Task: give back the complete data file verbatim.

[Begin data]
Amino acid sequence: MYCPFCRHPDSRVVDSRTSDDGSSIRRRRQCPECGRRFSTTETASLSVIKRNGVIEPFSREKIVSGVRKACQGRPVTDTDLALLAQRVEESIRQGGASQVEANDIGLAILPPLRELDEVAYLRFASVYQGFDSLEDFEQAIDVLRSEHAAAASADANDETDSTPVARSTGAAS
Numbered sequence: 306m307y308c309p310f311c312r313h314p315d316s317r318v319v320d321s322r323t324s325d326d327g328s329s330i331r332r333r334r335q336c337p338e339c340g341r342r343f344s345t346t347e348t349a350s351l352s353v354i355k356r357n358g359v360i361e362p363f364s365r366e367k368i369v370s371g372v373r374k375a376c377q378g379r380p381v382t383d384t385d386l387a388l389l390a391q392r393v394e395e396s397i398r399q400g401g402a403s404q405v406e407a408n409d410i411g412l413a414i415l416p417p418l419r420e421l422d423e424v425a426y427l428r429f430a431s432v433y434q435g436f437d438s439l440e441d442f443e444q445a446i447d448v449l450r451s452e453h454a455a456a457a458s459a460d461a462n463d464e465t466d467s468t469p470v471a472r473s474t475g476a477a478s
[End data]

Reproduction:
Amino acid sequence: MYCPFCRHPDSRVVDSRTSDDGSSIRRRRQCPECGRRFSTTETASLSVIKRNGVIEPFSREKIVSGVRKACQGRPVTDTDLALLAQRVEESIRQGGASQVEANDIGLAILPPLRELDEVAYLRFASVYQGFDSLEDFEQAIDVLRSEHAAAASADANDETDSTPVARSTGAAS
Numbered sequence: 306m307y308c309p310f311c312r313h314p315d316s317r318v319v320d321s322r323t324s325d326d327g328s329s330i331r332r333r334r335q336c337p338e339c340g341r342r343f344s345t346t347e348t349a350s351l352s353v354i355k356r357n358g359v360i361e362p363f364s365r366e367k368i369v370s371g372v373r374k375a376c377q378g379r380p381v382t383d384t385d386l387a388l389l390a391q392r393v394e395e396s397i398r399q400g401g402a403s404q405v406e407a408n409d410i411g412l413a414i415l416p417p418l419r420e421l422d423e424v425a426y427l428r429f430a431s432v433y434q435g436f437d438s439l440e441d442f443e444q445a446i447d448v449l450r451s452e453h454a455a456a457a458s459a460d461a462n463d464e465t466d467s468t469p470v471a472r473s474t475g476a477a478s